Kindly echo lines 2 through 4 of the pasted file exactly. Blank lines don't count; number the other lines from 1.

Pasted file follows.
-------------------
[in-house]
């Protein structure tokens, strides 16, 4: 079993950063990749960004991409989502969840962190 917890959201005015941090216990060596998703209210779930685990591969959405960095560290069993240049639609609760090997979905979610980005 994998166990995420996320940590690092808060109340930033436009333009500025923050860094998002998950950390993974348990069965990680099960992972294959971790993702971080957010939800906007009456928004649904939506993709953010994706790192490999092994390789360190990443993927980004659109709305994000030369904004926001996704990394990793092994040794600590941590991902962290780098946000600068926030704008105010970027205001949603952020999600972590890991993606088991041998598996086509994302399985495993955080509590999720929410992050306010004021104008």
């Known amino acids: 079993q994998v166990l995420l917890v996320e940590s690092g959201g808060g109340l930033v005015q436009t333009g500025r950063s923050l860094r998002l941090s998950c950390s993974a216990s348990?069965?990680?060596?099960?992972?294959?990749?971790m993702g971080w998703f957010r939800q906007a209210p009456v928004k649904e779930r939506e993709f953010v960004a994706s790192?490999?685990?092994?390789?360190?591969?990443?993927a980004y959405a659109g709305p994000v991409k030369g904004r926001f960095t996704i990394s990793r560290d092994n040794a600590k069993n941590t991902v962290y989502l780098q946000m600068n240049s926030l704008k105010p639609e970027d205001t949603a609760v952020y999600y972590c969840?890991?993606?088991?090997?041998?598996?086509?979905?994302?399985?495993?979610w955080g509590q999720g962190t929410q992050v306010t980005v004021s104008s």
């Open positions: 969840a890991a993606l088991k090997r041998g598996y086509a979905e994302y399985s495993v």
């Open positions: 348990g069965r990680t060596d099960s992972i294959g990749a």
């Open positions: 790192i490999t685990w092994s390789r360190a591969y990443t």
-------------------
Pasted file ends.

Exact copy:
């Protein structure tokens, strides 16, 4: 079993950063990749960004991409989502969840962190 917890959201005015941090216990060596998703209210779930685990591969959405960095560290069993240049639609609760090997979905979610980005 994998166990995420996320940590690092808060109340930033436009333009500025923050860094998002998950950390993974348990069965990680099960992972294959971790993702971080957010939800906007009456928004649904939506993709953010994706790192490999092994390789360190990443993927980004659109709305994000030369904004926001996704990394990793092994040794600590941590991902962290780098946000600068926030704008105010970027205001949603952020999600972590890991993606088991041998598996086509994302399985495993955080509590999720929410992050306010004021104008």
């Known amino acids: 079993q994998v166990l995420l917890v996320e940590s690092g959201g808060g109340l930033v005015q436009t333009g500025r950063s923050l860094r998002l941090s998950c950390s993974a216990s348990?069965?990680?060596?099960?992972?294959?990749?971790m993702g971080w998703f957010r939800q906007a209210p009456v928004k649904e779930r939506e993709f953010v960004a994706s790192?490999?685990?092994?390789?360190?591969?990443?993927a980004y959405a659109g709305p994000v991409k030369g904004r926001f960095t996704i990394s990793r560290d092994n040794a600590k069993n941590t991902v962290y989502l780098q946000m600068n240049s926030l704008k105010p639609e970027d205001t949603a609760v952020y999600y972590c969840?890991?993606?088991?090997?041998?598996?086509?979905?994302?399985?495993?979610w955080g509590q999720g962190t929410q992050v306010t980005v004021s104008s």
């Open positions: 969840a890991a993606l088991k090997r041998g598996y086509a979905e994302y399985s495993v």